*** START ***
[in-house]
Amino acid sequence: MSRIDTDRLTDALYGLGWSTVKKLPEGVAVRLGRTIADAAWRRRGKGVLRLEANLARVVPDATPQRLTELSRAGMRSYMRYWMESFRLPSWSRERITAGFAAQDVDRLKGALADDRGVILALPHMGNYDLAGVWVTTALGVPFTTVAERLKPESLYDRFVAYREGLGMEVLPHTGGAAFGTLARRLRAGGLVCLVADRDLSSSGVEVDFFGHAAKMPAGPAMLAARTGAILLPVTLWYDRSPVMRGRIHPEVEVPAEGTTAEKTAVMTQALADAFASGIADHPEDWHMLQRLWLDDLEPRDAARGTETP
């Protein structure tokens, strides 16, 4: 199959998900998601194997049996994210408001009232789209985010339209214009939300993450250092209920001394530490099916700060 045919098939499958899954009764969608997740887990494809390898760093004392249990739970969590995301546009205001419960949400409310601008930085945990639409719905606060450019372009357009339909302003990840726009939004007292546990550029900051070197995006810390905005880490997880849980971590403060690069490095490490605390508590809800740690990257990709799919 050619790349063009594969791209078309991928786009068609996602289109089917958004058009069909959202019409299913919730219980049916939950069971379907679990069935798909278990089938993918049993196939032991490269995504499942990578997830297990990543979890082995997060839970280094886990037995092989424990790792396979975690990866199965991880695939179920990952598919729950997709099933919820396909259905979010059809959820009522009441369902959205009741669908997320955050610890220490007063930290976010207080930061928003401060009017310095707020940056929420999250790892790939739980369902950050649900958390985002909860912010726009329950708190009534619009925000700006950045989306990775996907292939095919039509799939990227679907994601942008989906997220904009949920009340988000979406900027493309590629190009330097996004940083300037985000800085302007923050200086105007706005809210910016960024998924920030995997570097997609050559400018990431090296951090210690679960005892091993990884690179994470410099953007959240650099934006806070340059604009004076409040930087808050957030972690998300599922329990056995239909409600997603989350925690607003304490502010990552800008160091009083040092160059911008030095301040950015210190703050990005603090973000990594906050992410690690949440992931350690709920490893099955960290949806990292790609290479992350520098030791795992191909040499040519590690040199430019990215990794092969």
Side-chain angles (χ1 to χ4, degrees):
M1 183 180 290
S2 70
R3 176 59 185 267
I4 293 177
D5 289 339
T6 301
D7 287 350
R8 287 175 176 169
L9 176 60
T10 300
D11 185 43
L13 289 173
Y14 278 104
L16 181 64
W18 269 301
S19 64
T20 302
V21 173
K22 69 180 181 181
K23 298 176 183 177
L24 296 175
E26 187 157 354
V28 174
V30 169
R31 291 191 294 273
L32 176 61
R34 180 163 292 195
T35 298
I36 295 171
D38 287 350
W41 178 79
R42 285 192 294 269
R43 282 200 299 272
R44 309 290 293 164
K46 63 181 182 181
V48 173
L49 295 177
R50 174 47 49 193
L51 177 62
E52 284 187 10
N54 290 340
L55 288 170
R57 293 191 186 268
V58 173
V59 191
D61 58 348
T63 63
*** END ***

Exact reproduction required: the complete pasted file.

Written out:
[in-house]
Amino acid sequence: MSRIDTDRLTDALYGLGWSTVKKLPEGVAVRLGRTIADAAWRRRGKGVLRLEANLARVVPDATPQRLTELSRAGMRSYMRYWMESFRLPSWSRERITAGFAAQDVDRLKGALADDRGVILALPHMGNYDLAGVWVTTALGVPFTTVAERLKPESLYDRFVAYREGLGMEVLPHTGGAAFGTLARRLRAGGLVCLVADRDLSSSGVEVDFFGHAAKMPAGPAMLAARTGAILLPVTLWYDRSPVMRGRIHPEVEVPAEGTTAEKTAVMTQALADAFASGIADHPEDWHMLQRLWLDDLEPRDAARGTETP
């Protein structure tokens, strides 16, 4: 199959998900998601194997049996994210408001009232789209985010339209214009939300993450250092209920001394530490099916700060 045919098939499958899954009764969608997740887990494809390898760093004392249990739970969590995301546009205001419960949400409310601008930085945990639409719905606060450019372009357009339909302003990840726009939004007292546990550029900051070197995006810390905005880490997880849980971590403060690069490095490490605390508590809800740690990257990709799919 050619790349063009594969791209078309991928786009068609996602289109089917958004058009069909959202019409299913919730219980049916939950069971379907679990069935798909278990089938993918049993196939032991490269995504499942990578997830297990990543979890082995997060839970280094886990037995092989424990790792396979975690990866199965991880695939179920990952598919729950997709099933919820396909259905979010059809959820009522009441369902959205009741669908997320955050610890220490007063930290976010207080930061928003401060009017310095707020940056929420999250790892790939739980369902950050649900958390985002909860912010726009329950708190009534619009925000700006950045989306990775996907292939095919039509799939990227679907994601942008989906997220904009949920009340988000979406900027493309590629190009330097996004940083300037985000800085302007923050200086105007706005809210910016960024998924920030995997570097997609050559400018990431090296951090210690679960005892091993990884690179994470410099953007959240650099934006806070340059604009004076409040930087808050957030972690998300599922329990056995239909409600997603989350925690607003304490502010990552800008160091009083040092160059911008030095301040950015210190703050990005603090973000990594906050992410690690949440992931350690709920490893099955960290949806990292790609290479992350520098030791795992191909040499040519590690040199430019990215990794092969």
Side-chain angles (χ1 to χ4, degrees):
M1 183 180 290
S2 70
R3 176 59 185 267
I4 293 177
D5 289 339
T6 301
D7 287 350
R8 287 175 176 169
L9 176 60
T10 300
D11 185 43
L13 289 173
Y14 278 104
L16 181 64
W18 269 301
S19 64
T20 302
V21 173
K22 69 180 181 181
K23 298 176 183 177
L24 296 175
E26 187 157 354
V28 174
V30 169
R31 291 191 294 273
L32 176 61
R34 180 163 292 195
T35 298
I36 295 171
D38 287 350
W41 178 79
R42 285 192 294 269
R43 282 200 299 272
R44 309 290 293 164
K46 63 181 182 181
V48 173
L49 295 177
R50 174 47 49 193
L51 177 62
E52 284 187 10
N54 290 340
L55 288 170
R57 293 191 186 268
V58 173
V59 191
D61 58 348
T63 63